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How far can I drive without fluid in auto transmission? (shop screwed up)-Correction


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12 replies to this topic

#1 kentrichards

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Posted 15 May 2004 - 09:57 PM

Surely you're about ask: "Why in the hell would you want to do that???"

Well, I didn't want to. I brought it home from the shop that supposedly changed the ATF (about a mile of driving), and right near home, it started lurching upon acceleration.

So I parked it and opend the door. I heard a new, fast ticking noise from under the car. I opend the hood and the first thing I saw was the ATF dipstick laying on the side of the engine compartment. I went to put it back in the tube, and then heard a new metalic clunking (rythmic) from down near the bottom rear of the engine. So I cut of the engine right away.

I pulled out the dipstick to find only a tiny wisp of fluid on the very tip.

IIRC, there's supposed to be some fluid on the stick even with the engine off, right?

[correction: Apparently I checked the fluid with the engine running the first time. When I checked it again with the engine off, there was a little fluid there. So, it wasn't completely dry]

So, is my tranny munched, or will it revive happily when it gets fluid? If it's munched (or its life has been shortened significantly), any suggestions on how I should approach the shop to get them to make reparations -- and what exactly I should ask them to do?

By the way, the shop was closed by the time I discovered the problem, and since it's Saturday I won't be able to contact them tomorrow.

Before I posted, I searched the board and didn't find it, so sorry if this has been covered

The car has 153K miles. It's a '95 Legacy L wagon (2.2L engine).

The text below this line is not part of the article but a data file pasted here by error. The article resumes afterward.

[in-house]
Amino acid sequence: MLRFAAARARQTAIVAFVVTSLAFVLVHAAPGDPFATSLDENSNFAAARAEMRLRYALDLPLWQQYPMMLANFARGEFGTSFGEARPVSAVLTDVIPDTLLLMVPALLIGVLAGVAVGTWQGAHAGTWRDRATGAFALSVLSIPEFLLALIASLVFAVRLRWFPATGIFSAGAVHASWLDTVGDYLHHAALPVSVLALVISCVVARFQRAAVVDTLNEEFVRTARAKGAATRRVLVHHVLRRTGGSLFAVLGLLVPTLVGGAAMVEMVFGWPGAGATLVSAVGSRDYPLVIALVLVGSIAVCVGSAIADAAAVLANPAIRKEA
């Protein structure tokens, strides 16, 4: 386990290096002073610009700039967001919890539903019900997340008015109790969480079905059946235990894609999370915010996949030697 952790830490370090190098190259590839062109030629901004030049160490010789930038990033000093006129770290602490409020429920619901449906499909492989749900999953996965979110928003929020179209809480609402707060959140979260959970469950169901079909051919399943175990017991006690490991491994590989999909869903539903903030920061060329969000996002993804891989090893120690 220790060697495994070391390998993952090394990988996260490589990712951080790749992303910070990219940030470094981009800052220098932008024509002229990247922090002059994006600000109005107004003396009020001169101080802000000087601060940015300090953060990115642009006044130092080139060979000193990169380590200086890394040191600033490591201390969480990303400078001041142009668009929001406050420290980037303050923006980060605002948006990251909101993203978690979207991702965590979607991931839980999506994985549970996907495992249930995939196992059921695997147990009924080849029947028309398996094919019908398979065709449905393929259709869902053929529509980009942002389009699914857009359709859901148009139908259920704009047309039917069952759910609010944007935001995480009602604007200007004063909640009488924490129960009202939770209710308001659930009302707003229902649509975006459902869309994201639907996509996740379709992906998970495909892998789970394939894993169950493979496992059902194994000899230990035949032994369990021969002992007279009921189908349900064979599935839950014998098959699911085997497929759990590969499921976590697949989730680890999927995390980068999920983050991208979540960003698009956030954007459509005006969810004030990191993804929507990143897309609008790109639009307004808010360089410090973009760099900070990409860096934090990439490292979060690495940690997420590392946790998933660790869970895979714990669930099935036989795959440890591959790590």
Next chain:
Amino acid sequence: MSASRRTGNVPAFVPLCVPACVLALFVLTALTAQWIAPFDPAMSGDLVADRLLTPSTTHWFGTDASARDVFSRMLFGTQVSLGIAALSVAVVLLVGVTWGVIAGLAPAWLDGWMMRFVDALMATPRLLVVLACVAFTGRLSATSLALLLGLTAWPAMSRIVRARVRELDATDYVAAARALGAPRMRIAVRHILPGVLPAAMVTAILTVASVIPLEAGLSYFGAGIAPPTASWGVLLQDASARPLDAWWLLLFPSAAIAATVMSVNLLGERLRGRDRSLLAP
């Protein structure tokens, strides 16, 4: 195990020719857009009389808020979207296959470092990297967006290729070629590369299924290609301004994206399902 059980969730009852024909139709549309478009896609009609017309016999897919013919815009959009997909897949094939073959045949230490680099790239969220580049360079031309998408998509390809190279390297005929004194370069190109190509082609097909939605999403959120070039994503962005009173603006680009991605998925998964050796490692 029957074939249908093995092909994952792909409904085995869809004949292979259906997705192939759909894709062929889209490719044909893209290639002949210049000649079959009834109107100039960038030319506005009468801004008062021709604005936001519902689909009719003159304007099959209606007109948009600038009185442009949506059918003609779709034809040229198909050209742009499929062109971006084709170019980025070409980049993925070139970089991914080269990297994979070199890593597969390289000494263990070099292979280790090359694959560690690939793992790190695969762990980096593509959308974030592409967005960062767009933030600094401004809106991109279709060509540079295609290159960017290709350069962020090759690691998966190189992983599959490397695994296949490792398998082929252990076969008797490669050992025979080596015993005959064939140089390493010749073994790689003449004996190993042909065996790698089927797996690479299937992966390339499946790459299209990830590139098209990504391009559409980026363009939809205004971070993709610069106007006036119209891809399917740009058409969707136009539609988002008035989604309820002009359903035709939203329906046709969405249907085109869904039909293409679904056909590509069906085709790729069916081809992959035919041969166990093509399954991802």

Thank-you,
Kent

#2 Impreza_WRX_STi

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Posted 16 May 2004 - 12:02 AM

Well I have 93 Impreza, after I first started driving it of course it was time to get an oil change. I'm 24 now, but when I just got the car, (16 y/o) the dealership which was not even Subaru (some domestic stealership) they would do the 1st 3 oil changes free. Well I take it home and it seemed to act funny. I had the same thing your describing. My dumb arse runs the car harder, trying to see if I can't pinpoint the problem. When I got home, I checked the engine fluid... WOW, the dipstick was up about 8-10 inches. I thought, maybe I should let the engine set a few minutes to let the oil drip all the way down into the pan. checked again, it was bad. Then I checked ATF, and got nothing. WTF...

I called the dealership, and said they change oil several times daily. I drive it down in manual to minimize gear changes. using 1st and 2nd gears.

Shortly after, they apologized, they were used to having engine oil pans close to the front driveline (which is where Subaru's tranny plug IS).

So I got DOUBLE the engine oil, and ZERO ATF. I was pissed!

But, if I could recommend to you, call first on Monday. You should ask, but they probably won't send a wrecker, but drive like I did, very slowly, keep temperatures low!!!

Like I just wrote, I had this problem with low or no ATF, (and of course 2X the engine oil) my 93 Impreza has 215,000 miles on it. You should be okay if your are gentle at this time. But when I had this problem it had 40K on it then.

Max

#3 tcspeer

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Posted 16 May 2004 - 12:57 AM